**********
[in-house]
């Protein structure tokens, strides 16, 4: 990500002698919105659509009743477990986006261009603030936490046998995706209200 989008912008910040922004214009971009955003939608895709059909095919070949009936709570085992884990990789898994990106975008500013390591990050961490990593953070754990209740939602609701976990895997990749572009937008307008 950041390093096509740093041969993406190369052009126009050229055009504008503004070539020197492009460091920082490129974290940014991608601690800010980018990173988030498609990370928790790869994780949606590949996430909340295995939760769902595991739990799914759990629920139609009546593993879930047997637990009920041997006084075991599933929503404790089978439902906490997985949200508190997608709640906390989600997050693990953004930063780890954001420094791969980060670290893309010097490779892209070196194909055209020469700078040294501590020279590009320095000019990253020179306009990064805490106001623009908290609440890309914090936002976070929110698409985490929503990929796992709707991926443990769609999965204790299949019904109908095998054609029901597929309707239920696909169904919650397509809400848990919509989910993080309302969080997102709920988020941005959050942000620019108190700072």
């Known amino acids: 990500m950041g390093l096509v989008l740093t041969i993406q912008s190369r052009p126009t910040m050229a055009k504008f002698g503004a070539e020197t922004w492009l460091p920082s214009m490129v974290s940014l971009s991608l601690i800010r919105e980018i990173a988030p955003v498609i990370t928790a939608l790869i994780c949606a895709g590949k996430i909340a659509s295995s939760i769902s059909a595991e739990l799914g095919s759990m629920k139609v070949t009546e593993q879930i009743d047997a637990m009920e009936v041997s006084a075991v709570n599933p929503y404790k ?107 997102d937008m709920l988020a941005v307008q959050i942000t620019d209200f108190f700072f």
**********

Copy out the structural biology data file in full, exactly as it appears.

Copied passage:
[in-house]
């Protein structure tokens, strides 16, 4: 990500002698919105659509009743477990986006261009603030936490046998995706209200 989008912008910040922004214009971009955003939608895709059909095919070949009936709570085992884990990789898994990106975008500013390591990050961490990593953070754990209740939602609701976990895997990749572009937008307008 950041390093096509740093041969993406190369052009126009050229055009504008503004070539020197492009460091920082490129974290940014991608601690800010980018990173988030498609990370928790790869994780949606590949996430909340295995939760769902595991739990799914759990629920139609009546593993879930047997637990009920041997006084075991599933929503404790089978439902906490997985949200508190997608709640906390989600997050693990953004930063780890954001420094791969980060670290893309010097490779892209070196194909055209020469700078040294501590020279590009320095000019990253020179306009990064805490106001623009908290609440890309914090936002976070929110698409985490929503990929796992709707991926443990769609999965204790299949019904109908095998054609029901597929309707239920696909169904919650397509809400848990919509989910993080309302969080997102709920988020941005959050942000620019108190700072």
């Known amino acids: 990500m950041g390093l096509v989008l740093t041969i993406q912008s190369r052009p126009t910040m050229a055009k504008f002698g503004a070539e020197t922004w492009l460091p920082s214009m490129v974290s940014l971009s991608l601690i800010r919105e980018i990173a988030p955003v498609i990370t928790a939608l790869i994780c949606a895709g590949k996430i909340a659509s295995s939760i769902s059909a595991e739990l799914g095919s759990m629920k139609v070949t009546e593993q879930i009743d047997a637990m009920e009936v041997s006084a075991v709570n599933p929503y404790k ?107 997102d937008m709920l988020a941005v307008q959050i942000t620019d209200f108190f700072f």